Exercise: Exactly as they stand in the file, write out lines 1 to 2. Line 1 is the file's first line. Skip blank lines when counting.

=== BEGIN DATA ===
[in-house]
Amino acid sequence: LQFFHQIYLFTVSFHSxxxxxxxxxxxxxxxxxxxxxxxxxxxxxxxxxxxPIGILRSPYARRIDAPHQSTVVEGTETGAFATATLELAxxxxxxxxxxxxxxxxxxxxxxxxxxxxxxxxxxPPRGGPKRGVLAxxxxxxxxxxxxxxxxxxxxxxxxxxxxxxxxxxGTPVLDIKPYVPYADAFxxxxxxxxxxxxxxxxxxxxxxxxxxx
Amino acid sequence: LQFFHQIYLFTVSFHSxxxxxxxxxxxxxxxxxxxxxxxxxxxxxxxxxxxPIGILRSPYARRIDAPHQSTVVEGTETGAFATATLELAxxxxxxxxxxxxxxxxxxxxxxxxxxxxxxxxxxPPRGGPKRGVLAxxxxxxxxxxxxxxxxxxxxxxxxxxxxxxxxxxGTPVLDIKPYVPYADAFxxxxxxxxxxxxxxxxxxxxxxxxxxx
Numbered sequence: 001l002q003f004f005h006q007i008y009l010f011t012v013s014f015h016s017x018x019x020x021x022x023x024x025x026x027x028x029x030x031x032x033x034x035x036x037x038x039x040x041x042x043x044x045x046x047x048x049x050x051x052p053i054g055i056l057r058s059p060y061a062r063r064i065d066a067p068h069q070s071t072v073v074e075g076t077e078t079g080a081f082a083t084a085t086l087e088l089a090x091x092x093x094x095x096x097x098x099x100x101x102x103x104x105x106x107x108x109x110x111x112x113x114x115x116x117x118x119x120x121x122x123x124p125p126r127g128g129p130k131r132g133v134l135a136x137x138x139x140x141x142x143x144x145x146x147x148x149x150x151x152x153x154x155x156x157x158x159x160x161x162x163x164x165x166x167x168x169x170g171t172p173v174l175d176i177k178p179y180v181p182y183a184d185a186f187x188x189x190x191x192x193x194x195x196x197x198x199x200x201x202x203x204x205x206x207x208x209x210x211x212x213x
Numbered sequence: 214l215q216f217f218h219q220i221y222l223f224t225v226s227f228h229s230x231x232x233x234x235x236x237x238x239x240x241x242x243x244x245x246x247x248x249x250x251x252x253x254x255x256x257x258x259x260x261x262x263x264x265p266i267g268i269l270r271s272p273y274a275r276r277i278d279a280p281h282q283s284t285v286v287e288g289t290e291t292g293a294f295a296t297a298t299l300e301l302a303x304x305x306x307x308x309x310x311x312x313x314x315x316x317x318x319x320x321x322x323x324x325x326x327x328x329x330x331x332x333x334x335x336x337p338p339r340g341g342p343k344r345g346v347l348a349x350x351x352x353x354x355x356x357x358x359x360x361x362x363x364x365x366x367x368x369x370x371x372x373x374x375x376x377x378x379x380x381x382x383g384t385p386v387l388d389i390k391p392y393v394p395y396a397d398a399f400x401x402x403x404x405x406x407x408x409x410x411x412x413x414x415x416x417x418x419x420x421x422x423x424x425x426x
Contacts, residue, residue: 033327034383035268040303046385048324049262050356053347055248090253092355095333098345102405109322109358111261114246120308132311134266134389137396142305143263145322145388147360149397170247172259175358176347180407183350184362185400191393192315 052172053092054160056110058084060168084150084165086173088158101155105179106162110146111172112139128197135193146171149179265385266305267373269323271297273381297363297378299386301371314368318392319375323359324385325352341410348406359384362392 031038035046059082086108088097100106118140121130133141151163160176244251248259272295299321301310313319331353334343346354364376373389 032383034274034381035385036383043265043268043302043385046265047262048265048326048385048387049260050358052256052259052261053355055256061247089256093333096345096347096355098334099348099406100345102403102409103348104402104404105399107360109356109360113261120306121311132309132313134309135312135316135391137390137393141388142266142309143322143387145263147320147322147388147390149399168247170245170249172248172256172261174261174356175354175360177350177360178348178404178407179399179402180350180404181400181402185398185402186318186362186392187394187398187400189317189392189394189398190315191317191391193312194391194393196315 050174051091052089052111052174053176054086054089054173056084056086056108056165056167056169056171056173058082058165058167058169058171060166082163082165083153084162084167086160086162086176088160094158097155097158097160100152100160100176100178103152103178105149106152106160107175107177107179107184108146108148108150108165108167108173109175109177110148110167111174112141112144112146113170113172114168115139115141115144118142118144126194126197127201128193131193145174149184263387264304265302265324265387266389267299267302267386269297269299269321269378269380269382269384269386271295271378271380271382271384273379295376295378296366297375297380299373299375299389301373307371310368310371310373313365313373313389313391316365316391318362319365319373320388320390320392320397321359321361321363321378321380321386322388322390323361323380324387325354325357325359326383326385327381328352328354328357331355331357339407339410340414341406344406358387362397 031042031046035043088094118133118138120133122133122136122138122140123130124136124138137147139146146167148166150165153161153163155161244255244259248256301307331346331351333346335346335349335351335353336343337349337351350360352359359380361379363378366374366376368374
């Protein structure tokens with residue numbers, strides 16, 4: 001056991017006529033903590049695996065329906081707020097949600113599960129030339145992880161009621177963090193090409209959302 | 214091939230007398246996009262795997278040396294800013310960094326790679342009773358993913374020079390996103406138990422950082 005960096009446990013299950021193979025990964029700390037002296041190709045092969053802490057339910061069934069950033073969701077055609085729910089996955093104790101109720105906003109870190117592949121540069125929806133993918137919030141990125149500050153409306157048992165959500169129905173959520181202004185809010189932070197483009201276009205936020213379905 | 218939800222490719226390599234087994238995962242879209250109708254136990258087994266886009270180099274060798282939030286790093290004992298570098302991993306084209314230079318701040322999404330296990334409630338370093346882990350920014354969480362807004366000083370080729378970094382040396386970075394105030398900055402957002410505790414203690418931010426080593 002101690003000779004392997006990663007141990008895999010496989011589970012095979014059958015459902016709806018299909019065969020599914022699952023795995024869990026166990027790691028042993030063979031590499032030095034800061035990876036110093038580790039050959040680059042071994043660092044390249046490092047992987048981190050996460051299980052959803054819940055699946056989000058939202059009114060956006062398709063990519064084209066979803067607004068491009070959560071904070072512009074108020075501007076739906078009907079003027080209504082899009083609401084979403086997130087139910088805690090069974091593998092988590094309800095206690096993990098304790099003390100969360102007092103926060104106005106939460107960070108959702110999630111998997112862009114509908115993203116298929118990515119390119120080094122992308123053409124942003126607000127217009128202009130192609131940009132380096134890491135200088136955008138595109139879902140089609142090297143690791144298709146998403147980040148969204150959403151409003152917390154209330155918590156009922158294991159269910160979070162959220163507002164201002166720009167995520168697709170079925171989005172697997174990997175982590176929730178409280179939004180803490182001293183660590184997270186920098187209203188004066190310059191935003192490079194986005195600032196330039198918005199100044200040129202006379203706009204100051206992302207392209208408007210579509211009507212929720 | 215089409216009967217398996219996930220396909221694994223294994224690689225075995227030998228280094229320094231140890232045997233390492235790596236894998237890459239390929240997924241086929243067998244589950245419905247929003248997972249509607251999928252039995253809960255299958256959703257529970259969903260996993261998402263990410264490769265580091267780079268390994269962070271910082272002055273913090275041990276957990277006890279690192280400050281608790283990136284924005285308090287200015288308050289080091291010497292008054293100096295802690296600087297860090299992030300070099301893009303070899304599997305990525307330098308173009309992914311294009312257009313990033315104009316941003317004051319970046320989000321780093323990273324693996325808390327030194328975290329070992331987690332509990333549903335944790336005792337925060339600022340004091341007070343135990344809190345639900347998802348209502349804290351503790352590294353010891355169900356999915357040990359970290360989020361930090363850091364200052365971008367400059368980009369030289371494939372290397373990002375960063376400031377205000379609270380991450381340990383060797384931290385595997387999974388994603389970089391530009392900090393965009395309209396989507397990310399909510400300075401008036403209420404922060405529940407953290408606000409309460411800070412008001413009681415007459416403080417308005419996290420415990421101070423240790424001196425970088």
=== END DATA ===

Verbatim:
[in-house]
Amino acid sequence: LQFFHQIYLFTVSFHSxxxxxxxxxxxxxxxxxxxxxxxxxxxxxxxxxxxPIGILRSPYARRIDAPHQSTVVEGTETGAFATATLELAxxxxxxxxxxxxxxxxxxxxxxxxxxxxxxxxxxPPRGGPKRGVLAxxxxxxxxxxxxxxxxxxxxxxxxxxxxxxxxxxGTPVLDIKPYVPYADAFxxxxxxxxxxxxxxxxxxxxxxxxxxx